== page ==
In developing universal change rooms at the UBC Aquatic Centre, Toronto architecture firm MJMA tackles the issues of privacy, safety and accessibility through design.
Change room design embodies a paradox: Safely improving privacy requires radical transparency. Toronto firm MJMA takes this idea to an extreme with the UBC Aquatic Centre in Vancouver (which Azure named one of the best buildings of 2017). Tasked with serving – sometimes simultaneously – swimmers who range from infants with caregivers to varsity and Olympic athletes in training, MJMA delivered a stunning, sculptural building that’s wide open to views – including of the change rooms.
“It’s the most intimate part of somebody’s visit to an aquatic centre,” says Ted Watson, who led the project with partner Viktors Jaunkalns, in association with Mark Ostry of Acton Ostry Architects (AOA), on the University of British Columbia campus. “For a lot of people, it’s a make-or-break aspect of the design.”
Aesthetics aside, what makes the aquatic centre notable is its adherence to the pillars of Universal Design (U.D.), and MJMA’s aim to devise a space that offers privacy and security for every user. This goal is something the firm – having developed Canada’s first 100 per cent universal change facility as part of their design for the much-lauded Regent Park Aquatic Centre in Toronto – is well versed in.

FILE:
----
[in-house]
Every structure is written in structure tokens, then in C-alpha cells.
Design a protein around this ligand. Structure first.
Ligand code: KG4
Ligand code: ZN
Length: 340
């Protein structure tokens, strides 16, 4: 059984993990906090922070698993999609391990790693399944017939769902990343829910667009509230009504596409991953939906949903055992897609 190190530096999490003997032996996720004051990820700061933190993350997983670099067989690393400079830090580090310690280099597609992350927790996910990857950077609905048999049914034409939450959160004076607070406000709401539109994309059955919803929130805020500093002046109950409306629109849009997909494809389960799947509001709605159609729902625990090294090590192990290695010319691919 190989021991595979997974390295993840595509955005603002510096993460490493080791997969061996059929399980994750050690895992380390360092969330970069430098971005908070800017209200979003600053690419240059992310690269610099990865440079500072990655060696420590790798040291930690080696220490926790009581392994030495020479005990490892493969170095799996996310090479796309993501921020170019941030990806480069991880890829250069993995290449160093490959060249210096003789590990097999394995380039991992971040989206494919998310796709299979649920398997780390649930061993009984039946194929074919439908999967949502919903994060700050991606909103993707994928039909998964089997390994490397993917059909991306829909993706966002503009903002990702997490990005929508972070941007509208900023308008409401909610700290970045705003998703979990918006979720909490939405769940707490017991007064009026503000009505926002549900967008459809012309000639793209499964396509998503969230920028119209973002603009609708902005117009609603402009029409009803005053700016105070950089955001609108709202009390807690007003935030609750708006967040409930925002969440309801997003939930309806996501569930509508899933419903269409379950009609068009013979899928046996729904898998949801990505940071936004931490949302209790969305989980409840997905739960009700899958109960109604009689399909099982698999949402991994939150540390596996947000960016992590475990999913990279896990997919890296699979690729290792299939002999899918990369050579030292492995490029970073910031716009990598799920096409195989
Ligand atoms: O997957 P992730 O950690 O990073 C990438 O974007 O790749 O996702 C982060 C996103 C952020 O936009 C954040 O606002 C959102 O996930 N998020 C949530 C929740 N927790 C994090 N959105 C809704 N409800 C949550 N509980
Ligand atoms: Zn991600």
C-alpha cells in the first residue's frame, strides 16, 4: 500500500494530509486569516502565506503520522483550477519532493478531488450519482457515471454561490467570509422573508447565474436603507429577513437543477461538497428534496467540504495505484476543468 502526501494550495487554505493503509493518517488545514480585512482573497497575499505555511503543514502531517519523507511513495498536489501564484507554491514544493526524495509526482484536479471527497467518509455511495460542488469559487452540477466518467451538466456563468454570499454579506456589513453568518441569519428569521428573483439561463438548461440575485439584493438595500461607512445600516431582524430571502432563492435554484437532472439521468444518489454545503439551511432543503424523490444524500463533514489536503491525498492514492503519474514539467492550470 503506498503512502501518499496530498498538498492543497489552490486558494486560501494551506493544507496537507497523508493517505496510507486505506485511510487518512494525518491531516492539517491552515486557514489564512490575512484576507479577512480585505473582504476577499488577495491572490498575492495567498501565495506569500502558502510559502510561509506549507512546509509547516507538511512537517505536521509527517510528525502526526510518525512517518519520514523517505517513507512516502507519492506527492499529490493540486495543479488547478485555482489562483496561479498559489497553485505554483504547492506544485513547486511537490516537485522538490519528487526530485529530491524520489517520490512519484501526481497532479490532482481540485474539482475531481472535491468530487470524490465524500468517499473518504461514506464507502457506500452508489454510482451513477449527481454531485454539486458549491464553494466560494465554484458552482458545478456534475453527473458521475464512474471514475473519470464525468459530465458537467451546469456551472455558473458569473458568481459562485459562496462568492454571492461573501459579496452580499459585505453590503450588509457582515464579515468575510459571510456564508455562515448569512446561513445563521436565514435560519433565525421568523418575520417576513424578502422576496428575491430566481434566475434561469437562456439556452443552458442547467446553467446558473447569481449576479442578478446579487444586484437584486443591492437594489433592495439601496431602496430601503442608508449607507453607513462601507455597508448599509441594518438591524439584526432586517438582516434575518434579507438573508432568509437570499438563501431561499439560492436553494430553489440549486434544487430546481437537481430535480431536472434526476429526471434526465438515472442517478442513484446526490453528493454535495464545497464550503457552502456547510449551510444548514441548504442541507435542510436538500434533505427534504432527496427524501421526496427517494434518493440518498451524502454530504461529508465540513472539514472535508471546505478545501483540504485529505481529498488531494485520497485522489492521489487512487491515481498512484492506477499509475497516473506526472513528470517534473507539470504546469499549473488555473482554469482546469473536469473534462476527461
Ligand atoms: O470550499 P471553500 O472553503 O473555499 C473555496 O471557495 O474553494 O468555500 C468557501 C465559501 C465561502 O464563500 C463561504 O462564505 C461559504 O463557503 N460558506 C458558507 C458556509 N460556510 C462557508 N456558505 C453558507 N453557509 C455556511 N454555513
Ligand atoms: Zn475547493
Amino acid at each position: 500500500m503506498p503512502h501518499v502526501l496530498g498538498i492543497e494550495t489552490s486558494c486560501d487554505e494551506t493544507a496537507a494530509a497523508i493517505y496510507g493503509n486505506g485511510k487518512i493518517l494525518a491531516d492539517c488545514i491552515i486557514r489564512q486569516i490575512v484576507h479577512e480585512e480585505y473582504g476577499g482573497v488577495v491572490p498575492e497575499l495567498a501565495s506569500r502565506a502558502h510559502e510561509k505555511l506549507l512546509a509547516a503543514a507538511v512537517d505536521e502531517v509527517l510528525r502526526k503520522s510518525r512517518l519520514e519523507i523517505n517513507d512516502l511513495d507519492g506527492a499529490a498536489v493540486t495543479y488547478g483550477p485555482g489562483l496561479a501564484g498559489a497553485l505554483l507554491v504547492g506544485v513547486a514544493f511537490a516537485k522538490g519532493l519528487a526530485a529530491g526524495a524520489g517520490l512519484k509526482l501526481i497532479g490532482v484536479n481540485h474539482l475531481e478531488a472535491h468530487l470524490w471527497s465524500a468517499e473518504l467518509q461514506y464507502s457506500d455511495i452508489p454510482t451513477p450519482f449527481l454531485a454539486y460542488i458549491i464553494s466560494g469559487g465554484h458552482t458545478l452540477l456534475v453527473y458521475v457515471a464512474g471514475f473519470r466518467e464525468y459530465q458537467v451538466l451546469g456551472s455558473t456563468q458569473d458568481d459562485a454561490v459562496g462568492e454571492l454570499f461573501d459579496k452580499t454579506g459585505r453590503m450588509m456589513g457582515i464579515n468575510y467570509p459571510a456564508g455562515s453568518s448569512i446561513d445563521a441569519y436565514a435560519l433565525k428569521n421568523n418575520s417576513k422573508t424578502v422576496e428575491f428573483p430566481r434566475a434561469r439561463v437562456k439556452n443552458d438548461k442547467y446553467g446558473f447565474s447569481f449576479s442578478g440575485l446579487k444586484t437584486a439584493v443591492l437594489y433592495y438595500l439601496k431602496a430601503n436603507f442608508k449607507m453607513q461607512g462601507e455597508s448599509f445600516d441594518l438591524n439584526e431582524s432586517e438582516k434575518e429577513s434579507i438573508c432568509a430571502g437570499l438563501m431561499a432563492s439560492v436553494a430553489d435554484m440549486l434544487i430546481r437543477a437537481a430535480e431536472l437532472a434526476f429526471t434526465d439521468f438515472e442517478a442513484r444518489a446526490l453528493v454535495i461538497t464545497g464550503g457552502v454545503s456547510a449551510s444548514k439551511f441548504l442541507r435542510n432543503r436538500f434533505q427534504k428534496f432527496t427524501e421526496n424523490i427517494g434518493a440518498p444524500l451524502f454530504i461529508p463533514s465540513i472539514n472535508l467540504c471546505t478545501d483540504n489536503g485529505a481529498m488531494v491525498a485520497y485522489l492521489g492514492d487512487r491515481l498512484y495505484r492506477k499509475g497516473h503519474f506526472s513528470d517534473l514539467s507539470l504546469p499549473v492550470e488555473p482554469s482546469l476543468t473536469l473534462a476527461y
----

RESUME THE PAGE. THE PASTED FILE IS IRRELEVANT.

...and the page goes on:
At the UBC facility, roughly 60 per cent of the change rooms are designated “universal.” Visitors might first experience them even before entering the building; from the adjacent student promenade, it’s possible to see through two glass walls directly into the main locker room. Its private cubicles are arranged in parallel rows, opening up sight lines that extend from outside right into the pool itself.
“Sometimes, when universal change rooms are designed as enclosed private rooms, the environmental cues allow people to think they can take their clothes off,” says Watson, “and that can be a problem for an all-gendered space.”
By opening up the change room to views on two sides, it’s immediately clear where clothing is mandatory. The cubicles are where the undressing takes place – and they offer plenty of variety, too: small ones for individuals, and larger ones for families with children or people who have limited mobility and need assistance.
Cubicles are closed at the bottom (for safety and privacy), but open at the top to connect them acoustically with their surroundings. Washroom stalls also vary, ranging from single-user spaces to larger ones that can facilitate adults with caretakers.
Emerging from a cubicle, bathers will immediately spot lockers where they can stash their clothes, then proceed past a bank of sinks to the pool. There’s no barrier between the universal change room and the pool deck; instead, two pillars ringed with showerheads mark the transition, reinforcing the collective expectation that everyone rinse off before getting in the pool, and enabling easy monitoring of little ones.
“There’s always eyes on those spaces,” Watson explains. “It’s in the concealed spaces where you have problems. Here, you have daylight, views and the dynamism of an active community centre. By the virtue of its transparency, it’s become safer.”